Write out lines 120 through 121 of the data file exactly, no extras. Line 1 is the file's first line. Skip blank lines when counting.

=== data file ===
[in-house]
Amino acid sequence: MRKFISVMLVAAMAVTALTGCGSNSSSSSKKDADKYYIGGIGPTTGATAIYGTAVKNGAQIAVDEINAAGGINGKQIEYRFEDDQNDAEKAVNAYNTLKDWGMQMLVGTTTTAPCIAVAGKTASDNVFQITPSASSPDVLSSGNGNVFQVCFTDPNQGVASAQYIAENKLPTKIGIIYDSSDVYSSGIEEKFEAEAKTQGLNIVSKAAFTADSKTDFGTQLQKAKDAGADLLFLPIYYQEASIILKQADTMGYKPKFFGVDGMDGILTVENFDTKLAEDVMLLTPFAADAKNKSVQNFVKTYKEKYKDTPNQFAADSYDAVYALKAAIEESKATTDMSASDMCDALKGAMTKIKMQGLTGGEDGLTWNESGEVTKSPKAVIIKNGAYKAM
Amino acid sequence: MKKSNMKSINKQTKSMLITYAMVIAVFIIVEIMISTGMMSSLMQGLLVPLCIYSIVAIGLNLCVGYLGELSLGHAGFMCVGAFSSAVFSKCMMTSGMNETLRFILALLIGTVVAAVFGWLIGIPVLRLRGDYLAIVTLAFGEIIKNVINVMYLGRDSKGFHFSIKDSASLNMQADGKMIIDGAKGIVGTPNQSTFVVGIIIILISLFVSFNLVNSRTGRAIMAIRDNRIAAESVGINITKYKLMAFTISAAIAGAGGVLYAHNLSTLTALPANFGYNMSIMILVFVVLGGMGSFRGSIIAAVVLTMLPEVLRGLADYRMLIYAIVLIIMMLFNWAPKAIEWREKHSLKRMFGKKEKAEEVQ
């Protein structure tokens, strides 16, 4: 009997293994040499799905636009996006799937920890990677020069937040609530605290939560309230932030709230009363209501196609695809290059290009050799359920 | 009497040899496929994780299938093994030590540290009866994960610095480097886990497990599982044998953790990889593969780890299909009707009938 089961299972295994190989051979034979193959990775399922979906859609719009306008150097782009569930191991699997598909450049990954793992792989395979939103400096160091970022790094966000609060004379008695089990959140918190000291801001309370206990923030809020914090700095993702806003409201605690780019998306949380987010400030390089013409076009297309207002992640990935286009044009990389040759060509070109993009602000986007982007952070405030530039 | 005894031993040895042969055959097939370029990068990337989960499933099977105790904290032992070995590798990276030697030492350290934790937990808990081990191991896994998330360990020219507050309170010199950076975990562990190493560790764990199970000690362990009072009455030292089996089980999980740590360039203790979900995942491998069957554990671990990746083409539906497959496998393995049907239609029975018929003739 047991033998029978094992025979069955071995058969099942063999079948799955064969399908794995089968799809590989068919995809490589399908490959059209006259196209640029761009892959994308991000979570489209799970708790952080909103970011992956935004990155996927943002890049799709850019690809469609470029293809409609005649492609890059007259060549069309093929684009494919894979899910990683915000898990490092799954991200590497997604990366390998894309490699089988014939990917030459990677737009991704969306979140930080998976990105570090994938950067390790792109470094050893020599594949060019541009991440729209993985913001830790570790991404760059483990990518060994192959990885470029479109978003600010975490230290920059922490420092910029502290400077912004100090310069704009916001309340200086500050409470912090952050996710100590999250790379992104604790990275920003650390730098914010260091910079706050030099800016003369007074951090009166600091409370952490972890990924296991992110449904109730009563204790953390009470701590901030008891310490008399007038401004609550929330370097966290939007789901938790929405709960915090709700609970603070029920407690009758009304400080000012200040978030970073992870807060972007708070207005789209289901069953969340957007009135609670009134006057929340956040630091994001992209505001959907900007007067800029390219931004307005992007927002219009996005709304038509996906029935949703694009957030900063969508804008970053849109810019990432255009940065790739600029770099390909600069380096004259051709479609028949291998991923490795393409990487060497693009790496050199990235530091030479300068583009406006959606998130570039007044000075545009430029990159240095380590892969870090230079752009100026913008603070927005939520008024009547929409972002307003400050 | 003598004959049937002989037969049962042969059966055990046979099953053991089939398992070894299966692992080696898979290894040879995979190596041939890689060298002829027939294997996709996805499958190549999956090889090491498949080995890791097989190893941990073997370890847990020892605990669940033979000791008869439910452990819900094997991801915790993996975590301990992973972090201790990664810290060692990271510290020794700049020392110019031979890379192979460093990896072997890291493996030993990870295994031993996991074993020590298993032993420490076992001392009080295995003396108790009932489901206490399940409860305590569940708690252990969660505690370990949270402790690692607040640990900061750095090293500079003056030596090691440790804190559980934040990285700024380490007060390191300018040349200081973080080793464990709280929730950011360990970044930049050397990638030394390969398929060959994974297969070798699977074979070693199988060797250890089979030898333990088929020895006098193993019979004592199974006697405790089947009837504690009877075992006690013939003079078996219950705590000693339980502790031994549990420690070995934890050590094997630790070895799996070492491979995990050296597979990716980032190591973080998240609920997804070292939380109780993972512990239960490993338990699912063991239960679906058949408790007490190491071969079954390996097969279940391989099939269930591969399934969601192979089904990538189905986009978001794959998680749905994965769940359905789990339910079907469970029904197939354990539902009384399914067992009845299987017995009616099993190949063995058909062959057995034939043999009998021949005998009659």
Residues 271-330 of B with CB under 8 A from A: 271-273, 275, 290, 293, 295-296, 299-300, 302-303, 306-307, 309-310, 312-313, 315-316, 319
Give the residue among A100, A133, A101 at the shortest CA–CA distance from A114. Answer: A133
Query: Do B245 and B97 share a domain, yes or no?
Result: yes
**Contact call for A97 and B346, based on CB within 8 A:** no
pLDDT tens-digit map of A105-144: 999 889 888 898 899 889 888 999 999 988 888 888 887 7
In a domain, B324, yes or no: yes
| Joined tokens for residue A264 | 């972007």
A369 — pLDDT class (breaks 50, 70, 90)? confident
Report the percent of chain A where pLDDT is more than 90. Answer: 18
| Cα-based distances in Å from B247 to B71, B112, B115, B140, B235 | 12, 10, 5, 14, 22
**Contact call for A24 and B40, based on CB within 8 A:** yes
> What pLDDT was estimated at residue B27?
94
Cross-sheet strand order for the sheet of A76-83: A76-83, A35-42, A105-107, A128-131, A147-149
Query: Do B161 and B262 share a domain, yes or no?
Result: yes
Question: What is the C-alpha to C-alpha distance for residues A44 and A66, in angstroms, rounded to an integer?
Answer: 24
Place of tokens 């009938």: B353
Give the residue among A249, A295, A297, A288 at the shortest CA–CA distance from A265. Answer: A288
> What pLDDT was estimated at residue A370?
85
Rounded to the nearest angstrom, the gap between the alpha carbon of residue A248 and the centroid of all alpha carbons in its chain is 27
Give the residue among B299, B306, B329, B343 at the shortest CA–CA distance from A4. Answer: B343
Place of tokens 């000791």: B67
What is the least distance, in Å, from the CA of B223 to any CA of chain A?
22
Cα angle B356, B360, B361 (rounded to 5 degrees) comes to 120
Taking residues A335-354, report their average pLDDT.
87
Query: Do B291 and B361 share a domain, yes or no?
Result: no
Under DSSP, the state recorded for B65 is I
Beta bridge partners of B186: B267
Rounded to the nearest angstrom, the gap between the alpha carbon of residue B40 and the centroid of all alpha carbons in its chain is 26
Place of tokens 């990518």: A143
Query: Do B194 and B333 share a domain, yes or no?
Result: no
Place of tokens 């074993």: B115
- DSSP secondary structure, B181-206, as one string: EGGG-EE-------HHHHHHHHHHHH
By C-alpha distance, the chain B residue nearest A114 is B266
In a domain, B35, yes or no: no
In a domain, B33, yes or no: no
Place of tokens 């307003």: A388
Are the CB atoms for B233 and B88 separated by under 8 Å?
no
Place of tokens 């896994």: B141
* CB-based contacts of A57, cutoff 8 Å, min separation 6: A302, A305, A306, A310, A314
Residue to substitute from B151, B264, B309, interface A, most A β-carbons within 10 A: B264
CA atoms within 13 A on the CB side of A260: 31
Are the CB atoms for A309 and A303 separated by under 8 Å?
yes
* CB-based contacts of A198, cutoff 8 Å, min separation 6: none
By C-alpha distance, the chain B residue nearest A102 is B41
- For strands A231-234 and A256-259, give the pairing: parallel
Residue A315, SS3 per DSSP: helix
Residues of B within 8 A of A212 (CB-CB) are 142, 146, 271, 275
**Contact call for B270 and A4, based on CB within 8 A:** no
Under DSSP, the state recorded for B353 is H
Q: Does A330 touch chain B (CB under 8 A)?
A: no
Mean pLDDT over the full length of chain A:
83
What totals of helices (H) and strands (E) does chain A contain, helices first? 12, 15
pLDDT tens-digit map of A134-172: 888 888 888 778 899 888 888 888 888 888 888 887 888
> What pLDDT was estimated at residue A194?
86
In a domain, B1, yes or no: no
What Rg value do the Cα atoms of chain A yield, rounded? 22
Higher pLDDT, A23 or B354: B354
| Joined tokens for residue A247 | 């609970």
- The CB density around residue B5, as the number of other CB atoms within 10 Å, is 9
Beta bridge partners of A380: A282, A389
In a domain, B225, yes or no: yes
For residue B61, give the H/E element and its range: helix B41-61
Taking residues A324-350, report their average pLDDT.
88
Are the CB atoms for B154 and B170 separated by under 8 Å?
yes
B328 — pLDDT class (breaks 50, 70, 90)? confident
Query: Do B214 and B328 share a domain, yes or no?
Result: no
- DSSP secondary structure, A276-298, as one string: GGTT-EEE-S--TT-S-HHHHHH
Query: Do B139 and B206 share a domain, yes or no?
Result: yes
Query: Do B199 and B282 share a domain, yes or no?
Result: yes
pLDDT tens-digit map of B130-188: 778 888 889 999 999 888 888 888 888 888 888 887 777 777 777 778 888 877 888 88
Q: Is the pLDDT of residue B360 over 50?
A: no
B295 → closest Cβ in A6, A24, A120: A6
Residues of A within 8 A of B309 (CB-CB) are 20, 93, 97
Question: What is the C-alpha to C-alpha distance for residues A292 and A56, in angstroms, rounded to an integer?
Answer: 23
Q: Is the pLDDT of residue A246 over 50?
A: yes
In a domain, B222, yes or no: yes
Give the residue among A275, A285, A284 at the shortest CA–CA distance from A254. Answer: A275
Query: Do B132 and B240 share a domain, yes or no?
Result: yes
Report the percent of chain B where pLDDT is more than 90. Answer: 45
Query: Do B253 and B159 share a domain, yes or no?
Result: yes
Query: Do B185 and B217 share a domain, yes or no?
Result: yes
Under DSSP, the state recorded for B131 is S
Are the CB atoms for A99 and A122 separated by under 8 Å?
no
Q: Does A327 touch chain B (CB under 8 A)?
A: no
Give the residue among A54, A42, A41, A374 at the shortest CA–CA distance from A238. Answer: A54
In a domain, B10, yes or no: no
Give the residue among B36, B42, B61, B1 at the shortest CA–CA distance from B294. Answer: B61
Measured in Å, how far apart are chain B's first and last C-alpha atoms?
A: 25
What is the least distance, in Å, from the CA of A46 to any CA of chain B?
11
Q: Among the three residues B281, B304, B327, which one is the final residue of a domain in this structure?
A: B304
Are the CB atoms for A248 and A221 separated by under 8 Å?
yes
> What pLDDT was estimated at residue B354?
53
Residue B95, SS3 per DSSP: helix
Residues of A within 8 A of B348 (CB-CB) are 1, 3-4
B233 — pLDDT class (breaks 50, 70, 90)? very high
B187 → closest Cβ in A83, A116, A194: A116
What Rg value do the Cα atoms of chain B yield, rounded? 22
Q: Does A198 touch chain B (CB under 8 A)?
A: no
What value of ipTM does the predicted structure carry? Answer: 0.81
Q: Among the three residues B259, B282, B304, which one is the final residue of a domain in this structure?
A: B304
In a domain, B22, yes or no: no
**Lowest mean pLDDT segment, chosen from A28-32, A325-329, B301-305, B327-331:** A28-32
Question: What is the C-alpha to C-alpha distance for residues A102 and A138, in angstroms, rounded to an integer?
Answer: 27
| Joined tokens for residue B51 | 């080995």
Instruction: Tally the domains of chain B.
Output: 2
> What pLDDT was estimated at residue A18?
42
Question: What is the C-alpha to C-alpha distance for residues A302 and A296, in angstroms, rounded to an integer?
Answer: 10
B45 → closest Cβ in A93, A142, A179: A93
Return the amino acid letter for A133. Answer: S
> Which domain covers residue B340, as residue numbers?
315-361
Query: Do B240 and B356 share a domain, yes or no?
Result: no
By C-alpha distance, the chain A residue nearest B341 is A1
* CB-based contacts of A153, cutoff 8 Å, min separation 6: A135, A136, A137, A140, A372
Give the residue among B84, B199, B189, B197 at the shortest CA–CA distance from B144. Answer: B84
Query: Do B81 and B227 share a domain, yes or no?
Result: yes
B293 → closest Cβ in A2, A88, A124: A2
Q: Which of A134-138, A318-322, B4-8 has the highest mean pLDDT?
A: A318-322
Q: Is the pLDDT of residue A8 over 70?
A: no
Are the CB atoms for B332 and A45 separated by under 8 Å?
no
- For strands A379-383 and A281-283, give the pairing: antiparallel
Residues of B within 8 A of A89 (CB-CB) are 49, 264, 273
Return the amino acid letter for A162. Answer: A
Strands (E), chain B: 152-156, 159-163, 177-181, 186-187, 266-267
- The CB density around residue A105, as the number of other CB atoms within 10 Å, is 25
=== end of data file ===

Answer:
A: 25
What is the least distance, in Å, from the CA of A46 to any CA of chain B?